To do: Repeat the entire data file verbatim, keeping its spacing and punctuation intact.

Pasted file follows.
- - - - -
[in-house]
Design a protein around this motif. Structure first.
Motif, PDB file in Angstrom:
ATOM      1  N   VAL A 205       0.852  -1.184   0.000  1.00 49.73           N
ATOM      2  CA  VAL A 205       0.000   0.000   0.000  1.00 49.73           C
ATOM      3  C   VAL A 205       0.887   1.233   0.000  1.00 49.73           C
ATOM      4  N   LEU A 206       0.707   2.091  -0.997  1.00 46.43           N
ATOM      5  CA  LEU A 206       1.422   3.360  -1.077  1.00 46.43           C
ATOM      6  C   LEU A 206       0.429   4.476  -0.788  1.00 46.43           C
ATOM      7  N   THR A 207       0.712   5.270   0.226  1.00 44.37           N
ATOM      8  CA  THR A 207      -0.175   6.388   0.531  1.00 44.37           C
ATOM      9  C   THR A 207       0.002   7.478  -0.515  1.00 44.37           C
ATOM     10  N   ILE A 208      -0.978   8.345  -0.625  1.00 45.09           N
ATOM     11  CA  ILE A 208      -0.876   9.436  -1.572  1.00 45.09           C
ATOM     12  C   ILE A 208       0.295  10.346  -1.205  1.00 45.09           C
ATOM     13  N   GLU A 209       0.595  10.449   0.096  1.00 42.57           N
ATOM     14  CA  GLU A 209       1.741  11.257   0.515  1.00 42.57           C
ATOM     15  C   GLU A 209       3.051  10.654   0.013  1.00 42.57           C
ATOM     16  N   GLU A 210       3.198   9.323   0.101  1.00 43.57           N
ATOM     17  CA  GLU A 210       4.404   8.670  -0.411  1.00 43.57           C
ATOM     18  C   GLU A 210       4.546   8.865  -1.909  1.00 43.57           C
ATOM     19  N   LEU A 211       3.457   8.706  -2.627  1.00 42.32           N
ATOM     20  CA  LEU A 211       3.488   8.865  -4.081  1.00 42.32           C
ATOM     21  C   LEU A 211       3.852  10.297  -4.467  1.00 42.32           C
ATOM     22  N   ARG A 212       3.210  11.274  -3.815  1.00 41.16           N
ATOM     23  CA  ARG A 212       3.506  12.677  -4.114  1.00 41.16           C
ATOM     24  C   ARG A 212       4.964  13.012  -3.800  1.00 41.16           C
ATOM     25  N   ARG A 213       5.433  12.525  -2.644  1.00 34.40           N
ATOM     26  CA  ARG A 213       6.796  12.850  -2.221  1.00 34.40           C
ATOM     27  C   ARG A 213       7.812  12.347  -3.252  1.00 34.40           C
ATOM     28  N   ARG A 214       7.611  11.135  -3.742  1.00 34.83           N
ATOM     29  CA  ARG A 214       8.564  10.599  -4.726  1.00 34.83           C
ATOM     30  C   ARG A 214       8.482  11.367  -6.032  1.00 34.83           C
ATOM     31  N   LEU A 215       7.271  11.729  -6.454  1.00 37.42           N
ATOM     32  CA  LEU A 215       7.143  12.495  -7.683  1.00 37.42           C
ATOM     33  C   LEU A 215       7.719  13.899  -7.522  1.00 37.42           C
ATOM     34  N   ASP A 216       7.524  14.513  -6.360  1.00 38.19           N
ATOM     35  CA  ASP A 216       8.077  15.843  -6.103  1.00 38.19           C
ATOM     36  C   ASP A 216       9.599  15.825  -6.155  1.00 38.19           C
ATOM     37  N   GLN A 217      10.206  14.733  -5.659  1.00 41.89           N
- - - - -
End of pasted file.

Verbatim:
[in-house]
Design a protein around this motif. Structure first.
Motif, PDB file in Angstrom:
ATOM      1  N   VAL A 205       0.852  -1.184   0.000  1.00 49.73           N
ATOM      2  CA  VAL A 205       0.000   0.000   0.000  1.00 49.73           C
ATOM      3  C   VAL A 205       0.887   1.233   0.000  1.00 49.73           C
ATOM      4  N   LEU A 206       0.707   2.091  -0.997  1.00 46.43           N
ATOM      5  CA  LEU A 206       1.422   3.360  -1.077  1.00 46.43           C
ATOM      6  C   LEU A 206       0.429   4.476  -0.788  1.00 46.43           C
ATOM      7  N   THR A 207       0.712   5.270   0.226  1.00 44.37           N
ATOM      8  CA  THR A 207      -0.175   6.388   0.531  1.00 44.37           C
ATOM      9  C   THR A 207       0.002   7.478  -0.515  1.00 44.37           C
ATOM     10  N   ILE A 208      -0.978   8.345  -0.625  1.00 45.09           N
ATOM     11  CA  ILE A 208      -0.876   9.436  -1.572  1.00 45.09           C
ATOM     12  C   ILE A 208       0.295  10.346  -1.205  1.00 45.09           C
ATOM     13  N   GLU A 209       0.595  10.449   0.096  1.00 42.57           N
ATOM     14  CA  GLU A 209       1.741  11.257   0.515  1.00 42.57           C
ATOM     15  C   GLU A 209       3.051  10.654   0.013  1.00 42.57           C
ATOM     16  N   GLU A 210       3.198   9.323   0.101  1.00 43.57           N
ATOM     17  CA  GLU A 210       4.404   8.670  -0.411  1.00 43.57           C
ATOM     18  C   GLU A 210       4.546   8.865  -1.909  1.00 43.57           C
ATOM     19  N   LEU A 211       3.457   8.706  -2.627  1.00 42.32           N
ATOM     20  CA  LEU A 211       3.488   8.865  -4.081  1.00 42.32           C
ATOM     21  C   LEU A 211       3.852  10.297  -4.467  1.00 42.32           C
ATOM     22  N   ARG A 212       3.210  11.274  -3.815  1.00 41.16           N
ATOM     23  CA  ARG A 212       3.506  12.677  -4.114  1.00 41.16           C
ATOM     24  C   ARG A 212       4.964  13.012  -3.800  1.00 41.16           C
ATOM     25  N   ARG A 213       5.433  12.525  -2.644  1.00 34.40           N
ATOM     26  CA  ARG A 213       6.796  12.850  -2.221  1.00 34.40           C
ATOM     27  C   ARG A 213       7.812  12.347  -3.252  1.00 34.40           C
ATOM     28  N   ARG A 214       7.611  11.135  -3.742  1.00 34.83           N
ATOM     29  CA  ARG A 214       8.564  10.599  -4.726  1.00 34.83           C
ATOM     30  C   ARG A 214       8.482  11.367  -6.032  1.00 34.83           C
ATOM     31  N   LEU A 215       7.271  11.729  -6.454  1.00 37.42           N
ATOM     32  CA  LEU A 215       7.143  12.495  -7.683  1.00 37.42           C
ATOM     33  C   LEU A 215       7.719  13.899  -7.522  1.00 37.42           C
ATOM     34  N   ASP A 216       7.524  14.513  -6.360  1.00 38.19           N
ATOM     35  CA  ASP A 216       8.077  15.843  -6.103  1.00 38.19           C
ATOM     36  C   ASP A 216       9.599  15.825  -6.155  1.00 38.19           C
ATOM     37  N   GLN A 217      10.206  14.733  -5.659  1.00 41.89           N